Derivatives and Underlying Assets

Admin
/ November 28th, 2018

Derivatives and Underlying Assets

Products whose values are dependable and derived from the value of an underlying asset is called Derivatives.

The Underlying Asset could be Commodities, currencies, etc;

and the Product derived or dependable on it could be: Futures, Options, etc.

Commodities like Gold, Silver; which has value, are assets and the products whose value is derived and are dependable on these commodities (Gold, Silver, etc.) are derivatives like Futures, Options, etc. which are traded.

In Simple Terms:

You can consider Milk as an underlying asset which has a particular value say $3/liter. And the derivatives can be cured, butter or cheese which has their own value but are dependable and derived from the value of the milk. If the price of the milk increases then the value of curd, butter, cheese increases. And if in case decreases then vice-versa.

Derivatives are one of the three main categories of financial instruments, the other two being stocks and debt.

The underlying asset can be equity (stock or index), currency, commodity, interest rates, and even weather, etc. So when the above underlying asset price changes, the derivatives price will also change.

Derivatives are financial contracts that derive their value from the causal asset. These could be stocks, indices, commodities, currencies, exchange rates, or the rate of interest. These financial instruments help you make profits by betting on the future value of the causal asset. So, their value is derived from that of the causal asset. This is why they are called “Derivatives”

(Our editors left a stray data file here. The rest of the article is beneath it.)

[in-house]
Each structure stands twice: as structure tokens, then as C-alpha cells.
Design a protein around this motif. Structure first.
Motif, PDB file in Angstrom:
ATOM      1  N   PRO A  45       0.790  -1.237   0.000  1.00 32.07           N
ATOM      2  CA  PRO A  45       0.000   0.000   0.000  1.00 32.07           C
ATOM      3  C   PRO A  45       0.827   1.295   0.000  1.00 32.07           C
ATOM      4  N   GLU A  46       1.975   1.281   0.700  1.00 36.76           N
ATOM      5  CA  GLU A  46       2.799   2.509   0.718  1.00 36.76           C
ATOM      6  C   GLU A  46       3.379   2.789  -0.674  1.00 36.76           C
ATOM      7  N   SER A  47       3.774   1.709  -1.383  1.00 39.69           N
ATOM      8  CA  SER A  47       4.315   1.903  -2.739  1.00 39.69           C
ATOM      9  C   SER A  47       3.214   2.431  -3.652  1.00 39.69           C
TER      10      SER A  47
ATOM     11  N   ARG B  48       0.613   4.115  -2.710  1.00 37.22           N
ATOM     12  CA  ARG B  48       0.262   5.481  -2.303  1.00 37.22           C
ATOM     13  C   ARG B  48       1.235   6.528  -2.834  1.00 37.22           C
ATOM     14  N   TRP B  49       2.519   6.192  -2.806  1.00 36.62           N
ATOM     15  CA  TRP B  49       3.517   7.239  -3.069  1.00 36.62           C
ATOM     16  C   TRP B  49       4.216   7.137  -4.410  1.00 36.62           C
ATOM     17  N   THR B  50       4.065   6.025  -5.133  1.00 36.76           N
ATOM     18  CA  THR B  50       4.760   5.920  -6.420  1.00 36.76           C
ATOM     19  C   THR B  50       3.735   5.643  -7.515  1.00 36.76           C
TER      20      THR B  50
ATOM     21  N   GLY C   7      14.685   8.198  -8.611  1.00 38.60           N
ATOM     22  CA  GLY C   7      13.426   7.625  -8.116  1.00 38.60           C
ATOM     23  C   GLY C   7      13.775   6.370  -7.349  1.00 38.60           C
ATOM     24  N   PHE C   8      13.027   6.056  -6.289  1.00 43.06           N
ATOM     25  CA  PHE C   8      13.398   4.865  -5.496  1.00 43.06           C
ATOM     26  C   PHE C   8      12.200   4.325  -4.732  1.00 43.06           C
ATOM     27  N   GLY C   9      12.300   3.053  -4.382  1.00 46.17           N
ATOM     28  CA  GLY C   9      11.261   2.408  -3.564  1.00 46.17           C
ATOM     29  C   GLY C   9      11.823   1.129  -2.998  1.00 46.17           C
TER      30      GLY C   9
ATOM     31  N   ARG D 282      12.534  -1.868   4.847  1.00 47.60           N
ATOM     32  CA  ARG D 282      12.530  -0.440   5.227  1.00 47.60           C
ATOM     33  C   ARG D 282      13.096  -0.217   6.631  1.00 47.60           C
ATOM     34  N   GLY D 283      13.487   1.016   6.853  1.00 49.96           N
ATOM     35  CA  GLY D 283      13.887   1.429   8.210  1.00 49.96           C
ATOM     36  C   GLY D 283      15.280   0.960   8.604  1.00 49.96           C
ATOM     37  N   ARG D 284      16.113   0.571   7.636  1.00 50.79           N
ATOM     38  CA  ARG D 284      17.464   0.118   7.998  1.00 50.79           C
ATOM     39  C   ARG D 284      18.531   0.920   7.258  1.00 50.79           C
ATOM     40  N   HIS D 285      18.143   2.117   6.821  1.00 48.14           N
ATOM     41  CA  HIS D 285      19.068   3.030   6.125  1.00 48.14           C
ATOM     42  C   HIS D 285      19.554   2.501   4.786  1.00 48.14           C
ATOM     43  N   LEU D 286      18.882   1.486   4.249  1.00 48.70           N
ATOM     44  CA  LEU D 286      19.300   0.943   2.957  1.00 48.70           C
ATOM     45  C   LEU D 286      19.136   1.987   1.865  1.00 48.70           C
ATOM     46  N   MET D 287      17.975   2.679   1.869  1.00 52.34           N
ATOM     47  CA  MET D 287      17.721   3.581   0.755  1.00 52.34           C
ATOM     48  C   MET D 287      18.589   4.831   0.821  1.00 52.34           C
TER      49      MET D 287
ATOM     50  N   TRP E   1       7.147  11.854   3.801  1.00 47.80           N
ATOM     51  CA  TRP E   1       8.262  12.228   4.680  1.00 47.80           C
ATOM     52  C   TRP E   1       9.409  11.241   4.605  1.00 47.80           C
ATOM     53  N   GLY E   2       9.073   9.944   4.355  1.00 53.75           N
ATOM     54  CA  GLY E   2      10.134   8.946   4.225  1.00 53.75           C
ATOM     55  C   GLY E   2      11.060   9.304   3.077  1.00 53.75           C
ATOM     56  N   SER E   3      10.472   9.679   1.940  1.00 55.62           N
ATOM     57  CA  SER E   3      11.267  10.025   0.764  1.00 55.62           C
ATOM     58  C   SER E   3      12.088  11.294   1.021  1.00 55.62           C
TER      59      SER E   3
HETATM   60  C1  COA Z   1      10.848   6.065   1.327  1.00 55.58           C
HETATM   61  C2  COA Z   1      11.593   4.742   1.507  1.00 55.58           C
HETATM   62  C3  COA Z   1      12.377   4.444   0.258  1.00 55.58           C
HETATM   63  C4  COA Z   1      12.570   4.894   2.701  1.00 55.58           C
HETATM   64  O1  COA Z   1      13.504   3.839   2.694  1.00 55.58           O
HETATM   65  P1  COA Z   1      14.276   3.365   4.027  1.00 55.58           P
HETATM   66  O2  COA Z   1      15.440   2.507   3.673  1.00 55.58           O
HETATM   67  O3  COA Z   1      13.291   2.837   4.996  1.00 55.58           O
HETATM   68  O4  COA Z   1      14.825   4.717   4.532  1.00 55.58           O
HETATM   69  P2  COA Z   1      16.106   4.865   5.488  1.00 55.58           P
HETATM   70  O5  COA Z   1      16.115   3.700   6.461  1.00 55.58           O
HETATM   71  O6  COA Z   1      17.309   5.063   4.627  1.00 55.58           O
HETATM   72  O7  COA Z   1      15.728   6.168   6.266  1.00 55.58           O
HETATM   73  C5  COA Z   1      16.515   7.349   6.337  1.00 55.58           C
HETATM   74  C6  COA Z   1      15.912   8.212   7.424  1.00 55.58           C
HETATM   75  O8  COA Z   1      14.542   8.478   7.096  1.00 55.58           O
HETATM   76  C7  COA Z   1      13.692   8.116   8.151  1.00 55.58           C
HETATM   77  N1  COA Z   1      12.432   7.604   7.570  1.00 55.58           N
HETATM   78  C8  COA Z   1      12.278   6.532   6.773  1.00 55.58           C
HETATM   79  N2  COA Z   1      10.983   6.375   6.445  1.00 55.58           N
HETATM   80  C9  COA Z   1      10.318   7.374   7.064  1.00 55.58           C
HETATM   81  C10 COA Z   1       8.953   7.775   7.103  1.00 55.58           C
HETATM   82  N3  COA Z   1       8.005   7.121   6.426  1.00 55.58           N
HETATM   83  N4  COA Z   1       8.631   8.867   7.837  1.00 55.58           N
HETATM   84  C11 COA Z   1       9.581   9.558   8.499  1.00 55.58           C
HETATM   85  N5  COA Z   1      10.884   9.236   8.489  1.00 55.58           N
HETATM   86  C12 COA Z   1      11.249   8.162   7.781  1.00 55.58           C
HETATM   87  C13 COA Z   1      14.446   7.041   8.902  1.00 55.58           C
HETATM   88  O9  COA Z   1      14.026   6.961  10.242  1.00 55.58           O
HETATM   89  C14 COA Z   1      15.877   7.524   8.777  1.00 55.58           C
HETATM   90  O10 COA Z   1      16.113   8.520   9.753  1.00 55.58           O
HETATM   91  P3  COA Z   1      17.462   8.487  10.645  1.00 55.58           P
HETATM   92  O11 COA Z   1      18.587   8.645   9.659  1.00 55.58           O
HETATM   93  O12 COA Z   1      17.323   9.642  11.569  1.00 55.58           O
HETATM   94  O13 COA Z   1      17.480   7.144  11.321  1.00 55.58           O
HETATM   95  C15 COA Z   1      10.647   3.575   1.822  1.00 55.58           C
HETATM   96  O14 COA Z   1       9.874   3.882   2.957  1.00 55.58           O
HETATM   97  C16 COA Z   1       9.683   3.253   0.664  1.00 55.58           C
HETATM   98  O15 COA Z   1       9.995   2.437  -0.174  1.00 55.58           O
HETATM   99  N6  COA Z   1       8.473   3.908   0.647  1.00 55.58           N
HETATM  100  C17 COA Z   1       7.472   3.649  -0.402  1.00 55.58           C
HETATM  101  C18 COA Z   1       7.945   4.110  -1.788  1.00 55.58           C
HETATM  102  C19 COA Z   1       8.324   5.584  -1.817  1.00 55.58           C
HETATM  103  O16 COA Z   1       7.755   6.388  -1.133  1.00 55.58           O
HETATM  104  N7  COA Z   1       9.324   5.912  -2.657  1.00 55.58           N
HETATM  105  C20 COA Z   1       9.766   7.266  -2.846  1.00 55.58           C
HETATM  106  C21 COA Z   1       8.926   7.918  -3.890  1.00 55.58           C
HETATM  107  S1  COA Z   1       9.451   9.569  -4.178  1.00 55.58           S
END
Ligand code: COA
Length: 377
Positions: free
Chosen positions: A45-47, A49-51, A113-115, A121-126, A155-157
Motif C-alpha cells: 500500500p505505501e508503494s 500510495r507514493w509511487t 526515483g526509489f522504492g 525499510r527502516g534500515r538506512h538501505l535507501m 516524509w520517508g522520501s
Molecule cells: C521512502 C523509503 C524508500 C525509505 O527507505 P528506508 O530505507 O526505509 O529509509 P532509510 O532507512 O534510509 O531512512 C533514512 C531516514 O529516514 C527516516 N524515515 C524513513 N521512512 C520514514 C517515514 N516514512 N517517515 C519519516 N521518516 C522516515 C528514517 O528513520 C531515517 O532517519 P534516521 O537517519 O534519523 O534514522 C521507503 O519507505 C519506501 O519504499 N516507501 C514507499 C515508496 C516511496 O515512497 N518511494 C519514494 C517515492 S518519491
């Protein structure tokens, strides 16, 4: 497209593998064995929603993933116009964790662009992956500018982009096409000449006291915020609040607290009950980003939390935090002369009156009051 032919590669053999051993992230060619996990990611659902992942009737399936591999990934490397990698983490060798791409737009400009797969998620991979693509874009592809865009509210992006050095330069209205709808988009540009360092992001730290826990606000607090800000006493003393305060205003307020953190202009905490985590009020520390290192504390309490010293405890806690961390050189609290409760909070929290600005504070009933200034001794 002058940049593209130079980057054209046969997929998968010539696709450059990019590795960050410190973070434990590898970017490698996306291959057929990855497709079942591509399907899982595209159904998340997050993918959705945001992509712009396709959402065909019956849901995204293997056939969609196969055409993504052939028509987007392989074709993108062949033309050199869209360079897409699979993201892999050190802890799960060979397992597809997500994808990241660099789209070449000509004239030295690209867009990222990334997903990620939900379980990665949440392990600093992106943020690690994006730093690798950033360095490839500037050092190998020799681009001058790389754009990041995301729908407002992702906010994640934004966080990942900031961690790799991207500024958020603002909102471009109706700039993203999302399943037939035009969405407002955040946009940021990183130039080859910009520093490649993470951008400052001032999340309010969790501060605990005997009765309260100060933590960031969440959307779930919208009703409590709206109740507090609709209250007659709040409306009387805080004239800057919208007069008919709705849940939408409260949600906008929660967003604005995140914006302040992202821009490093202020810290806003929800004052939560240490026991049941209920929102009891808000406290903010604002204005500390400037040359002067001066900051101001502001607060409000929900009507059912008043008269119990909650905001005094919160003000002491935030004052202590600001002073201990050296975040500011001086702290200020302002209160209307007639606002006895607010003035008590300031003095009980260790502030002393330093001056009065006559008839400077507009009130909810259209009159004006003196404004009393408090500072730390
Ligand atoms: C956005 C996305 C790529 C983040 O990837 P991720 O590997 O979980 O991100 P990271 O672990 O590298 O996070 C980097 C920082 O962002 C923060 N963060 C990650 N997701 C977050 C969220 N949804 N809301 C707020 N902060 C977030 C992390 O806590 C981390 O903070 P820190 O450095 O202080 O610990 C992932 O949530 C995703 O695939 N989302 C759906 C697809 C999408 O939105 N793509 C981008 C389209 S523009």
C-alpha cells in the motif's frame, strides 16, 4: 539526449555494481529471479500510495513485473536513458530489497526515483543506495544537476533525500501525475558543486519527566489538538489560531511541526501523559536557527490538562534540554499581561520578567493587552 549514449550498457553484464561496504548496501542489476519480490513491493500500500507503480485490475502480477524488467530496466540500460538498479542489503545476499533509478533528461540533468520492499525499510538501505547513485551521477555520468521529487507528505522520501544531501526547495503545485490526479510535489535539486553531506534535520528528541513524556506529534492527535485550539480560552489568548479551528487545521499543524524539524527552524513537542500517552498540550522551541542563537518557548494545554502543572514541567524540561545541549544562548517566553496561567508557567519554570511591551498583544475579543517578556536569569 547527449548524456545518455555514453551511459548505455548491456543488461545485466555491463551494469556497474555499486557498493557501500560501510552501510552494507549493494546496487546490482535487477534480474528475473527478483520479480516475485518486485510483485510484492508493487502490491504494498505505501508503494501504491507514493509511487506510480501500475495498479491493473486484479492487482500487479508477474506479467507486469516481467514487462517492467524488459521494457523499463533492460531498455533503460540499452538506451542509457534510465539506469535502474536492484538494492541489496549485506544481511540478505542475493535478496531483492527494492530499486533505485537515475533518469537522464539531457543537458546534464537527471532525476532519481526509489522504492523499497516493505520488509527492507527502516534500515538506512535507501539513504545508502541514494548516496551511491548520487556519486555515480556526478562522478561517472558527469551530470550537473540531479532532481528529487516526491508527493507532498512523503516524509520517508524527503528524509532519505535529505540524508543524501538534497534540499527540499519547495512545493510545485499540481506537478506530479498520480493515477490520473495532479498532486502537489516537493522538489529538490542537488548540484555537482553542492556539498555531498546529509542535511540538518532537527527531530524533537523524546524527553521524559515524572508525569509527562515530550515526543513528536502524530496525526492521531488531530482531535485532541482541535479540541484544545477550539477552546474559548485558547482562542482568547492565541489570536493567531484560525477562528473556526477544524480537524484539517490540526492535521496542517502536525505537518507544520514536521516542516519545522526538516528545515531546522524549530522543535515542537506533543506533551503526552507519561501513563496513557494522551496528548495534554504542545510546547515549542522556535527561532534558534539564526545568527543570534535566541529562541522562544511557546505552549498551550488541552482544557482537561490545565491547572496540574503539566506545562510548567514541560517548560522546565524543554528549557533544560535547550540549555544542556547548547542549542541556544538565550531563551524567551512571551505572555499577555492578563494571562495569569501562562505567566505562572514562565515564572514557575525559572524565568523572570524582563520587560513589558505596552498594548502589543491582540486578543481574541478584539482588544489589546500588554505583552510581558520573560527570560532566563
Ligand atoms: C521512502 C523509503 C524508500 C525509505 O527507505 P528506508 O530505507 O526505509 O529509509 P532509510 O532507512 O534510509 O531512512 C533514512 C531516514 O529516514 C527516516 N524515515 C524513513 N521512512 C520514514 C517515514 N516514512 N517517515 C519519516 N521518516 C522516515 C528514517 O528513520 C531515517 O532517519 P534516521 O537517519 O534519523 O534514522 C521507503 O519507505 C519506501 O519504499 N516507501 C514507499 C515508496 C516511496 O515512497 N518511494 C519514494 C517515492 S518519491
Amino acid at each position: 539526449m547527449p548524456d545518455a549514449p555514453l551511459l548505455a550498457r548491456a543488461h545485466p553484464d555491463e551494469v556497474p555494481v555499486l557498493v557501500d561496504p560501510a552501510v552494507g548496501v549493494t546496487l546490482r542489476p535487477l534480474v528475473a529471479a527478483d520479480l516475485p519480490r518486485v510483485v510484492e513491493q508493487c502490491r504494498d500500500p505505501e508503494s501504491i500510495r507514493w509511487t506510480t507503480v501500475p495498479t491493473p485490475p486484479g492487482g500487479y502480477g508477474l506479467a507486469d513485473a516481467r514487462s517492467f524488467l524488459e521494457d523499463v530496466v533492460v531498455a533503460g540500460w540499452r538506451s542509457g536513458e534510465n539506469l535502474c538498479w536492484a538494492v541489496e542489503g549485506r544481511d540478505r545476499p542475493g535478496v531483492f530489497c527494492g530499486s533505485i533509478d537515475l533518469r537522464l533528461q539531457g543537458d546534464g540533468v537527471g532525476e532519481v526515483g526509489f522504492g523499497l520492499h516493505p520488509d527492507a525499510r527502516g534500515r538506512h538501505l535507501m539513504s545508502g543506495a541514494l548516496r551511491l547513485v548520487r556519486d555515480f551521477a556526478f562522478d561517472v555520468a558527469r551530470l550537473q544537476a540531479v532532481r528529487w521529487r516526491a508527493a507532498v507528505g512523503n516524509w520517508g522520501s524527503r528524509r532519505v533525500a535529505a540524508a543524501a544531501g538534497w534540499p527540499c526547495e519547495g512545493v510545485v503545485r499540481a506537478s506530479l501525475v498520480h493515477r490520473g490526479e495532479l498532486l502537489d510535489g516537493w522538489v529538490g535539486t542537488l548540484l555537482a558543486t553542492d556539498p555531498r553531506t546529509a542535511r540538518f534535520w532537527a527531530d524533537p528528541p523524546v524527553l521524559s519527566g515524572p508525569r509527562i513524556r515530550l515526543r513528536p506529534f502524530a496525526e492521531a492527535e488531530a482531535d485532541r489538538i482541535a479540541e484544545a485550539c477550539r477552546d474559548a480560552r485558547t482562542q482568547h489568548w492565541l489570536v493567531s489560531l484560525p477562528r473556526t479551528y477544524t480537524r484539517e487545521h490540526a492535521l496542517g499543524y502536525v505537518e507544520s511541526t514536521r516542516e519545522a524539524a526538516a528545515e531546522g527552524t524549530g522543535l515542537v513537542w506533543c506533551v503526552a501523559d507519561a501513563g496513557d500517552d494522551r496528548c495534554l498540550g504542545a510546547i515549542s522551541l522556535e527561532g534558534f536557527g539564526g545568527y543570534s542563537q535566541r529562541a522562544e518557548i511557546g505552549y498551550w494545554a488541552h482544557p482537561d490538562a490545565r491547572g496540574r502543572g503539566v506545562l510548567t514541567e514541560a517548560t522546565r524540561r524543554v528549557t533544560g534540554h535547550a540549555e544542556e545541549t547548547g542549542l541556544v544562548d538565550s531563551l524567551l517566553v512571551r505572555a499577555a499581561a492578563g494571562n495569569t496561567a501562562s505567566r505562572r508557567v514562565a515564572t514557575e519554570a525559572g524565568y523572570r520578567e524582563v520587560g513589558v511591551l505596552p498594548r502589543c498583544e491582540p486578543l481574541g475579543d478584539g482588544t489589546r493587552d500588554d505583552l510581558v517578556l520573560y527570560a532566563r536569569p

Another Example

The main purpose of derivatives is to transfer the price risk from one party to another; Risk is transferred to those who are willing to take it.

For example, A rice farmer spends money and effort in procuring land, buying seeds, manure, is dependent on water supply and many other factors to produce rice.

If he spends $1 per 5kg in producing rice, he obviously wants to sell his produce at a price higher than $1 per 5kg.

But what if after 3 months (when finally produce will be out) price of rice is less than $1 per 5kg?

So today, for protection, the farmer may wish to sell his harvest at a future date for a pre-determined fixed price (more than $1 per 5kg) to eliminate the risk of change in prices by that date.

He enters into a contract for selling his produce at $3 per 10kg, 3 months from now. Such a transaction is an example of a derivatives contract. The price of this derivative is driven by the spot price of rice which is the “underlying”.

 

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